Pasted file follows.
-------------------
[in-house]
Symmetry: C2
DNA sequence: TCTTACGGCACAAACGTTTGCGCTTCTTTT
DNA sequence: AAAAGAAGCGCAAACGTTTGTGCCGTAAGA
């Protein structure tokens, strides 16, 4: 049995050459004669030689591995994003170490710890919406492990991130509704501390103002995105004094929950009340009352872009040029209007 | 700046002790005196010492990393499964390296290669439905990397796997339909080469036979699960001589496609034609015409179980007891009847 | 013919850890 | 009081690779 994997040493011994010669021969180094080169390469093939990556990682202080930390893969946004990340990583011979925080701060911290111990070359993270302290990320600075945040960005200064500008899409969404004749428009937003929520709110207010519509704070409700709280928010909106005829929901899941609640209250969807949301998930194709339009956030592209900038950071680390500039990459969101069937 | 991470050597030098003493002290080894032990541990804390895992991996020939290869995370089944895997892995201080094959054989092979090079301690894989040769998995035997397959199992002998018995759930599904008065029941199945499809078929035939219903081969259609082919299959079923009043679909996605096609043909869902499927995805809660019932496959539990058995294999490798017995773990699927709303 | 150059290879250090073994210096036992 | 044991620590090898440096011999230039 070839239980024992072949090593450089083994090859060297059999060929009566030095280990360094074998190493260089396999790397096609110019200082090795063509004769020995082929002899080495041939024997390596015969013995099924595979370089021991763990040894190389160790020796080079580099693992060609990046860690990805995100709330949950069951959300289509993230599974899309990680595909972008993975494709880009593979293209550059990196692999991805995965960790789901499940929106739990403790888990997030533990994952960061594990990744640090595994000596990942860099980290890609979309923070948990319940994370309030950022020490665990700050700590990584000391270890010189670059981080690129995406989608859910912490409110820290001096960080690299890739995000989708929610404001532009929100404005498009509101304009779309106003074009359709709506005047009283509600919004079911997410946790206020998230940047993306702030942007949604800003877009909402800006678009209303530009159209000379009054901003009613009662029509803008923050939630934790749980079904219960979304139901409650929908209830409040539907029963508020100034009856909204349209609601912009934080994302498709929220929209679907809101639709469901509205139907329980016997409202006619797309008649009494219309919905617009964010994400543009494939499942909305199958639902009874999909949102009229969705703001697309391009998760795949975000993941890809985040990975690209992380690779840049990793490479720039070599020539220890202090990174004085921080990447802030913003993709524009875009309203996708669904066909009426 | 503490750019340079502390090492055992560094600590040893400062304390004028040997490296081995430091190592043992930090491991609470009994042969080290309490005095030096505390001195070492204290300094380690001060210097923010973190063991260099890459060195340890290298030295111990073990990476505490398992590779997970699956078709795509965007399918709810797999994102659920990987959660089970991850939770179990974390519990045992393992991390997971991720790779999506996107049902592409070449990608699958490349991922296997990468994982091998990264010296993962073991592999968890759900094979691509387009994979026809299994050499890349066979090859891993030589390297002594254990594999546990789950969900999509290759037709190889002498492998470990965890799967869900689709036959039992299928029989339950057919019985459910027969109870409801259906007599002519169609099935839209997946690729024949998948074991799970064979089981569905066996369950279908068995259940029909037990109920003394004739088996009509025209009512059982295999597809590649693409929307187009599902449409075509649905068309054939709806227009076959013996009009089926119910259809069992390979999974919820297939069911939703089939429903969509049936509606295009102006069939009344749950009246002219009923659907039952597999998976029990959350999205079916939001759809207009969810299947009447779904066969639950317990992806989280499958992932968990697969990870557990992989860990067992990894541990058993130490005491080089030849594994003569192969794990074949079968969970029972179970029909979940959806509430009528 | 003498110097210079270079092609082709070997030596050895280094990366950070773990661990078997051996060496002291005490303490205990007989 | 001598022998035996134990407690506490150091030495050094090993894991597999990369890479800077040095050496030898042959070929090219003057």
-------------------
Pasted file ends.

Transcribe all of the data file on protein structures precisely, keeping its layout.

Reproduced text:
[in-house]
Symmetry: C2
DNA sequence: TCTTACGGCACAAACGTTTGCGCTTCTTTT
DNA sequence: AAAAGAAGCGCAAACGTTTGTGCCGTAAGA
């Protein structure tokens, strides 16, 4: 049995050459004669030689591995994003170490710890919406492990991130509704501390103002995105004094929950009340009352872009040029209007 | 700046002790005196010492990393499964390296290669439905990397796997339909080469036979699960001589496609034609015409179980007891009847 | 013919850890 | 009081690779 994997040493011994010669021969180094080169390469093939990556990682202080930390893969946004990340990583011979925080701060911290111990070359993270302290990320600075945040960005200064500008899409969404004749428009937003929520709110207010519509704070409700709280928010909106005829929901899941609640209250969807949301998930194709339009956030592209900038950071680390500039990459969101069937 | 991470050597030098003493002290080894032990541990804390895992991996020939290869995370089944895997892995201080094959054989092979090079301690894989040769998995035997397959199992002998018995759930599904008065029941199945499809078929035939219903081969259609082919299959079923009043679909996605096609043909869902499927995805809660019932496959539990058995294999490798017995773990699927709303 | 150059290879250090073994210096036992 | 044991620590090898440096011999230039 070839239980024992072949090593450089083994090859060297059999060929009566030095280990360094074998190493260089396999790397096609110019200082090795063509004769020995082929002899080495041939024997390596015969013995099924595979370089021991763990040894190389160790020796080079580099693992060609990046860690990805995100709330949950069951959300289509993230599974899309990680595909972008993975494709880009593979293209550059990196692999991805995965960790789901499940929106739990403790888990997030533990994952960061594990990744640090595994000596990942860099980290890609979309923070948990319940994370309030950022020490665990700050700590990584000391270890010189670059981080690129995406989608859910912490409110820290001096960080690299890739995000989708929610404001532009929100404005498009509101304009779309106003074009359709709506005047009283509600919004079911997410946790206020998230940047993306702030942007949604800003877009909402800006678009209303530009159209000379009054901003009613009662029509803008923050939630934790749980079904219960979304139901409650929908209830409040539907029963508020100034009856909204349209609601912009934080994302498709929220929209679907809101639709469901509205139907329980016997409202006619797309008649009494219309919905617009964010994400543009494939499942909305199958639902009874999909949102009229969705703001697309391009998760795949975000993941890809985040990975690209992380690779840049990793490479720039070599020539220890202090990174004085921080990447802030913003993709524009875009309203996708669904066909009426 | 503490750019340079502390090492055992560094600590040893400062304390004028040997490296081995430091190592043992930090491991609470009994042969080290309490005095030096505390001195070492204290300094380690001060210097923010973190063991260099890459060195340890290298030295111990073990990476505490398992590779997970699956078709795509965007399918709810797999994102659920990987959660089970991850939770179990974390519990045992393992991390997971991720790779999506996107049902592409070449990608699958490349991922296997990468994982091998990264010296993962073991592999968890759900094979691509387009994979026809299994050499890349066979090859891993030589390297002594254990594999546990789950969900999509290759037709190889002498492998470990965890799967869900689709036959039992299928029989339950057919019985459910027969109870409801259906007599002519169609099935839209997946690729024949998948074991799970064979089981569905066996369950279908068995259940029909037990109920003394004739088996009509025209009512059982295999597809590649693409929307187009599902449409075509649905068309054939709806227009076959013996009009089926119910259809069992390979999974919820297939069911939703089939429903969509049936509606295009102006069939009344749950009246002219009923659907039952597999998976029990959350999205079916939001759809207009969810299947009447779904066969639950317990992806989280499958992932968990697969990870557990992989860990067992990894541990058993130490005491080089030849594994003569192969794990074949079968969970029972179970029909979940959806509430009528 | 003498110097210079270079092609082709070997030596050895280094990366950070773990661990078997051996060496002291005490303490205990007989 | 001598022998035996134990407690506490150091030495050094090993894991597999990369890479800077040095050496030898042959070929090219003057």